In the studies listed here, the trypsin IMERs are evaluated with varying system conditions and different types of analytes. Thus, the performance comparison of the three commercially available trypsin IMERs based on published data should be interpreted carefully when not performed within the same experimental setup and with different on-column digestion conditions. To address this concern, it would be beneficial to conduct another follow-up study. In addition, the applied analytical peptide mapping setup and data processing parameters, such as the tolerated number of missed cleavages and the set MS/MS scores for identification, play an important role. Despite that, the following considerations are valid and can be generally applied in the context of online digestion: a) higher digestion temperatures increase the activity of the enzyme on the one hand, but accelerate the aging process of the IMER on the other hand; b) the efficiency depends on the on-column digestion time and can be controlled by the flow rate and IMER dimension; c) optimization of the digestion buffer (for example, pH and salt concentration) in combination with organic solvents for ideal digestion efficiency is important; and d) a preceding denaturation or reduction improves the digestion efficiency, if applicable.

In general, all commercial IMERs achieve good results and lead to fast and efficient digestion. Nevertheless, a study comparing the two commercially available IMERs, namely StyrosZyme and Perfinity, would be valuable.

Besides the commercially available trypsin IMERs, further publications describe self-made cartridges for which the enzyme is self-immobilized onto columns. These are generally developed to either demonstrate comparable performance to offline in-solution digestion while extensively reducing the analysis time (15,21) or to benchmark with commercially available IMERs. For example, Slechtova and others (19) developed a self-immobilized silica-based IMER immobilizing trypsin on high pressure compatible with non-bonded bridge-ethyl hybrid (BEH) silica particles (5 μm, 300 Å, Waters Corporation), comparing it to the trypsin Poroszyme and Perfinity cartridges. An intensive analysis of the digestion activity and repeatability under different conditions (pH, digestion temperature, and adaptation of residence time in the cartridge by changing flow rates) showed an overall good digestion performance of all three IMERs, with the Perfinity performing slightly better than the Poroszyme and the self-made IMER, according to the authors. Based on the good results of the BEH-IMER and its stability at high pressure, this type of IMER has the potential to provide significant value in the context of MDLC–MS applications and commercialized development of this IMER would be favorable, to make this invention available to the broad public. Commercially available trypsin-IMERs typically implemented in MDLC–MS work- flows are generally stable only at low pressure; therefore, it can be challenging when combining with a subsequent peptide mapping. To overcome this challenge with commercially available IMERs, chromatographic columns with increased particle size, inner diameter, or reduced length are typically used for the peptide mapping separation (4,8,14). However, decreased chromatographic performance compared to offline peptide mapping approaches can occur, which are typically performed under high pressure.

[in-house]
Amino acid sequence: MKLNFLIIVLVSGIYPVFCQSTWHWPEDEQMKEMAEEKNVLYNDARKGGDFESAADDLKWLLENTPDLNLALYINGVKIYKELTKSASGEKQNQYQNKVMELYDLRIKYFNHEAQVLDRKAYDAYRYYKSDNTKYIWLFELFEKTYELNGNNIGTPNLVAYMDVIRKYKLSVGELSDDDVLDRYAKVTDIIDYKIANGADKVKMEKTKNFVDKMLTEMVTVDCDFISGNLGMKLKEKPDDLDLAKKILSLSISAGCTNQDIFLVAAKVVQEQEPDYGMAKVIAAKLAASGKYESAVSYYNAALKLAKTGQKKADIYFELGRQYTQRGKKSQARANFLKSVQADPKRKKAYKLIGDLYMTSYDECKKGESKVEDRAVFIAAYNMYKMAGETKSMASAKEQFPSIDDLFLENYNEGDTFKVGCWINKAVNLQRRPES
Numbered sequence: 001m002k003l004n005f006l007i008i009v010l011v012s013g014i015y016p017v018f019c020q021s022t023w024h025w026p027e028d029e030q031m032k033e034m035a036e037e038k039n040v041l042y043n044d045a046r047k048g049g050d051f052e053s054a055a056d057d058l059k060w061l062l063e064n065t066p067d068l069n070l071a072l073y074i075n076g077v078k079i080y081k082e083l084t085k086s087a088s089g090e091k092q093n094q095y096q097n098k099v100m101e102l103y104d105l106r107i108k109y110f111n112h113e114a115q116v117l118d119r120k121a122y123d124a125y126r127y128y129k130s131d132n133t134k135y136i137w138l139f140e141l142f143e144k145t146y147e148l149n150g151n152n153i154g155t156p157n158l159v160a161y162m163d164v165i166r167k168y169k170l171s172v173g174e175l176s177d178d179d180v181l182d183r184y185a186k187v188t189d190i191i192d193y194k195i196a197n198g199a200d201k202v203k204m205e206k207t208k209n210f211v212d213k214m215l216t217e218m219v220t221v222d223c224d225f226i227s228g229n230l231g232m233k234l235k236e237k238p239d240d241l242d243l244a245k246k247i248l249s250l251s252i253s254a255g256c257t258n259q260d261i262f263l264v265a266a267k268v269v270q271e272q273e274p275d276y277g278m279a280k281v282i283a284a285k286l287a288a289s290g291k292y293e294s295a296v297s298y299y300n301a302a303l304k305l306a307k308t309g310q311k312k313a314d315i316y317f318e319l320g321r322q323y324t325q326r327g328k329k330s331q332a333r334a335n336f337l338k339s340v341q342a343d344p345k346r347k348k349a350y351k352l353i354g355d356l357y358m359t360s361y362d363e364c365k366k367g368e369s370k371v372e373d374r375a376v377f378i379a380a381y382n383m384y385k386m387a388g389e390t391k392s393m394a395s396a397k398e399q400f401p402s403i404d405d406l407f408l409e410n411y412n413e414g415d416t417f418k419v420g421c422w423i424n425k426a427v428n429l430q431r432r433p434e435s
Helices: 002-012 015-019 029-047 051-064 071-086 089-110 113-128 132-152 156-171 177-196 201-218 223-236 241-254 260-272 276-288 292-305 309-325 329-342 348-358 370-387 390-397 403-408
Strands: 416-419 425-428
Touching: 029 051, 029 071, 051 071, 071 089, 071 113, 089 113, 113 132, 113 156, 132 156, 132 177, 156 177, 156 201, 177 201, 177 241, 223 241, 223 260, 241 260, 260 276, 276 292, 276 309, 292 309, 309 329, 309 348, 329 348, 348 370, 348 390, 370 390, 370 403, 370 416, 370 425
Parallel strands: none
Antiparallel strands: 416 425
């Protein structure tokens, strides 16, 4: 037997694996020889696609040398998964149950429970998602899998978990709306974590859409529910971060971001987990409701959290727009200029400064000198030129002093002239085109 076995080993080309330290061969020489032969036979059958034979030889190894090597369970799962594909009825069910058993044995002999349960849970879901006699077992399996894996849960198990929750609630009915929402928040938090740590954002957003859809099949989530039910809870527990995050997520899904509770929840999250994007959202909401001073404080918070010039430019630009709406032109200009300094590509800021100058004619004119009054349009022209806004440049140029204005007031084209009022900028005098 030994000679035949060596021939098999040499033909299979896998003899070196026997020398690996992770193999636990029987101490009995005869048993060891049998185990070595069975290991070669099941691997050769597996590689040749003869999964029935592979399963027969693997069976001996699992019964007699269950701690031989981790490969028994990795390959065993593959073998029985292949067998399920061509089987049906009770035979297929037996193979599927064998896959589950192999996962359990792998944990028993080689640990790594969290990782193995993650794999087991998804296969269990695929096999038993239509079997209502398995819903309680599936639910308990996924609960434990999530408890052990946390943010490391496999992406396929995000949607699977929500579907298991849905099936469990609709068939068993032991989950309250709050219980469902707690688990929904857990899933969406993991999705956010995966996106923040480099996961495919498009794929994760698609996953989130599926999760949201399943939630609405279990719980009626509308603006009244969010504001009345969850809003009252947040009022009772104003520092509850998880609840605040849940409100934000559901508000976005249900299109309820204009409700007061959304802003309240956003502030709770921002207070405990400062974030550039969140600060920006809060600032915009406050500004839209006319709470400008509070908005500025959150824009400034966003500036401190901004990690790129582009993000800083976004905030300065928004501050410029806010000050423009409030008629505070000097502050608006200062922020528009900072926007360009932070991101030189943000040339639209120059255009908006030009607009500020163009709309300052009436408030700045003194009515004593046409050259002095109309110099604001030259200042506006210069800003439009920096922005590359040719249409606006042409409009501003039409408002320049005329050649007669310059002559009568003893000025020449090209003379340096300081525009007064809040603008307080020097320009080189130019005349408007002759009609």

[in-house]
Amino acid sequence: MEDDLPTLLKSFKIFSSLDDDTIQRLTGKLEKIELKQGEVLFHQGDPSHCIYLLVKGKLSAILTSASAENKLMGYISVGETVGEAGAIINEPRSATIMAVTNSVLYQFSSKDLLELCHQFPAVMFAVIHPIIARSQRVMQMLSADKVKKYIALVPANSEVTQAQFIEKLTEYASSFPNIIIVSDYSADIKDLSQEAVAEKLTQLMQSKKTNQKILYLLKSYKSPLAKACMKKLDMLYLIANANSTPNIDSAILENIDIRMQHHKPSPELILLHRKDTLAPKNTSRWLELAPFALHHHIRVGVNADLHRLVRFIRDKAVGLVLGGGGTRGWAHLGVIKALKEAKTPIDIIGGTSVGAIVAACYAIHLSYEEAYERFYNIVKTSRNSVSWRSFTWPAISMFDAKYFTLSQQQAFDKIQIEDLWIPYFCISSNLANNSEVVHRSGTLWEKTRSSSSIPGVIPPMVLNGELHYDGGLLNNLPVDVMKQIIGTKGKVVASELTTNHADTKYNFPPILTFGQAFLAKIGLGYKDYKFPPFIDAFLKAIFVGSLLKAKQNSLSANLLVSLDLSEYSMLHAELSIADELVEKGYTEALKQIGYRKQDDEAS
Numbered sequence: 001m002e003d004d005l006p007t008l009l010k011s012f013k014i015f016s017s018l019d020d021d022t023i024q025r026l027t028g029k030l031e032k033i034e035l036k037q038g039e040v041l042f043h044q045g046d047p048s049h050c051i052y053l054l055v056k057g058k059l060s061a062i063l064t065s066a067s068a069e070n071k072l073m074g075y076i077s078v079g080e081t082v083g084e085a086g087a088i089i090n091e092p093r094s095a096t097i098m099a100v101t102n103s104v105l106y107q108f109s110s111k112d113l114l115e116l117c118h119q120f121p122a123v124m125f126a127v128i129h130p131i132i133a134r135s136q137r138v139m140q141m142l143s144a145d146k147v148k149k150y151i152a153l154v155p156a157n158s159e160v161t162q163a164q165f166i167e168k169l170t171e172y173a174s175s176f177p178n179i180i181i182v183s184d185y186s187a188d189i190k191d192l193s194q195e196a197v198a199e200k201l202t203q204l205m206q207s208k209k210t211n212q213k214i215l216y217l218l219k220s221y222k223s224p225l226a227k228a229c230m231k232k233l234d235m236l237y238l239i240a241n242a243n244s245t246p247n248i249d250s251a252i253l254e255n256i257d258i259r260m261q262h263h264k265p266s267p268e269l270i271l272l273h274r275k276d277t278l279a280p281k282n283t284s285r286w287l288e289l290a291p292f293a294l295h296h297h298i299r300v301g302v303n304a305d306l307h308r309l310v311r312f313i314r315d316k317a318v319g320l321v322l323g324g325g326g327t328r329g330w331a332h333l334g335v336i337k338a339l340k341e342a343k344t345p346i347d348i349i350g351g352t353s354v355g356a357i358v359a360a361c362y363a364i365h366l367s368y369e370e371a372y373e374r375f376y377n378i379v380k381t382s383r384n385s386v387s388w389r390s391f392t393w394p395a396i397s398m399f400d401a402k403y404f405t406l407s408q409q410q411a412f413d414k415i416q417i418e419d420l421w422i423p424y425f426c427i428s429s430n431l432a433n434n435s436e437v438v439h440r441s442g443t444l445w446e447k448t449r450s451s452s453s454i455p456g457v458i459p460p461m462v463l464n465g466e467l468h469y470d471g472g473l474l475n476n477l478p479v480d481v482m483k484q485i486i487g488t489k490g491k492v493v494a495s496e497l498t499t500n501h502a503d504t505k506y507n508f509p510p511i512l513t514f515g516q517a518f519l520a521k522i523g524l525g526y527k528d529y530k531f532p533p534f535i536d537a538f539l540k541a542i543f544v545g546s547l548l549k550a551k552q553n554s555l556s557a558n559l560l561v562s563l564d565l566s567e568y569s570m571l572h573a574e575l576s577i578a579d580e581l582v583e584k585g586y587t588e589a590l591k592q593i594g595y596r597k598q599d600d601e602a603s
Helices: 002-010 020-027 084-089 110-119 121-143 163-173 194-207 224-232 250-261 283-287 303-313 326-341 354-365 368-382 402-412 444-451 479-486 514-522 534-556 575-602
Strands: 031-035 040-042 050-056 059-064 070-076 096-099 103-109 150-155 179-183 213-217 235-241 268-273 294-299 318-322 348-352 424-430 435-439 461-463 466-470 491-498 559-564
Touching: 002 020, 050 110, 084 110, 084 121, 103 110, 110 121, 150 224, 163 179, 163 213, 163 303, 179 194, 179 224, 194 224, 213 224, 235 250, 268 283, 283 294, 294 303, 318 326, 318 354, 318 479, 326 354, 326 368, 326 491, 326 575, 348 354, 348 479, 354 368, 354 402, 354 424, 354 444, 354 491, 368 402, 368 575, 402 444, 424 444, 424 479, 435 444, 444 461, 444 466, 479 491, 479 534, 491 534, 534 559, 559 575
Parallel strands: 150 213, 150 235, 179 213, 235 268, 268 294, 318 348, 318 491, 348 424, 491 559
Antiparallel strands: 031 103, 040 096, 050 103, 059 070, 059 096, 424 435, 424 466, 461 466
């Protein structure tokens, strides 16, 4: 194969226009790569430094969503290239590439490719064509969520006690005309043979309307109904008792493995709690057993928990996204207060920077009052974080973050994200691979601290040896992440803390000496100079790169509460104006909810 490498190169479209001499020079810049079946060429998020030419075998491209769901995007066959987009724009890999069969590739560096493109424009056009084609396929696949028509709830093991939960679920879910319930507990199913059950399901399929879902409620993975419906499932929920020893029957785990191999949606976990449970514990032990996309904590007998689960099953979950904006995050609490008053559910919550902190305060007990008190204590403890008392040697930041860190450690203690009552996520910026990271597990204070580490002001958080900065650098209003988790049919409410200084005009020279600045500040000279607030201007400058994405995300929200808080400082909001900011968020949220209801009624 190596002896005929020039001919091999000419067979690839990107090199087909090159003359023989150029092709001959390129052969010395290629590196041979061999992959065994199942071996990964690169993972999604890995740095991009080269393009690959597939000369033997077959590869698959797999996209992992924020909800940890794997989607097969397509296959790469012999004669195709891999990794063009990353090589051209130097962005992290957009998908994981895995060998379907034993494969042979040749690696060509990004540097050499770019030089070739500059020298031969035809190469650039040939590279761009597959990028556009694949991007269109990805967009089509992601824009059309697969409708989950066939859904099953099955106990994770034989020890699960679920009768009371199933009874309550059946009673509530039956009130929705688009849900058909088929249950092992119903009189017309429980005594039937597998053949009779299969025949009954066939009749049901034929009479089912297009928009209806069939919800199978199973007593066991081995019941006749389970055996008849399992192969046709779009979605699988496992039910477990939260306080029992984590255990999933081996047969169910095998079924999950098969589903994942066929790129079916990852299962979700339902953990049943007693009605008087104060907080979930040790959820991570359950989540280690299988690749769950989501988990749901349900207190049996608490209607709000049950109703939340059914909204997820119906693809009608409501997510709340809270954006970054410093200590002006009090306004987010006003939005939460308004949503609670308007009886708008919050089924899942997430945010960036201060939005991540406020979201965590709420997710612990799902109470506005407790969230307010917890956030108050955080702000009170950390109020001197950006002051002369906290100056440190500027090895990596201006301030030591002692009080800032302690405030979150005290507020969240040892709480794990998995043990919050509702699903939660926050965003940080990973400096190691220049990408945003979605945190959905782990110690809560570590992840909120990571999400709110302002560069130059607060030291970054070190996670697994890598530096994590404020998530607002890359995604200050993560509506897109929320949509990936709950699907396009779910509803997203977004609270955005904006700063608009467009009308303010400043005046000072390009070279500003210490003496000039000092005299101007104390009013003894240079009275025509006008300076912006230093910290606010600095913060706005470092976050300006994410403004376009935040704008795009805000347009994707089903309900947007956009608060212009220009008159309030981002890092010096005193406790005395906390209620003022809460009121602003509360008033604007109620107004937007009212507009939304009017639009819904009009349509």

Additionally, IMERs with trypsin immobilized on various materials such as particle suspensions, on paper, in membranes, magnetic beads, and different polymeric materials, are widely described (17,20,21) as well as the implementation of IMERs at nano-level (9,10,22), but are not discussed here.

In conclusion, the publications addressed here demonstrate the efficiency and suitability of the commercially available trypsin IMERs to perform online protein digestion, which is reflected in high sequence coverages, robustness, good repeatability, and relatively low rates of missed cleavages in respect to the significantly shorter online digestion time (3,19) compared to manual approaches. The availability of additional types of commercially available columns would ultimately expand the use of IMERs because of their capability to provide an automated sample preparation to redeem standard offline digestion, but also as an integral part of MDLC–MS workflows. Furthermore, IdeS IMERs can be used to perform protein characterization at the middle up level (1,6–8). Looking ahead, future development should address the need to cover the complete amino acid sequence of proteins, which can be achieved by the combination of multiple cartridges immobilizing diverse enzymes. To date, IMERs based on LysC (10), (Perfinity), papain (OraChrom) and pepsin (such as from Waters) are already commercially available and additional ones might hit the market soon.


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Anja Bathke (pictured), Sina Hoelterhoff, and Saban Oezipak are with Pharma Technical Development at F. Hoffmann-La Roche, in Basel, Switzerland. Ingrid Grunert, Katrin Heinrich, and Martin Winter are with Pharma Technical Development at Roche Diagnostics GmbH, in Penzberg, Germany. Direct corresponding to Anja Bathke at

Anja Bathke (pictured), Sina Hoelterhoff, and Saban Oezipak are with Pharma Technical Development at F. Hoffmann-La Roche, in Basel, Switzerland. Ingrid Grunert, Katrin Heinrich, and Martin Winter are with Pharma Technical Development at Roche Diagnostics GmbH, in Penzberg, Germany. Direct corresponding to Anja Bathke at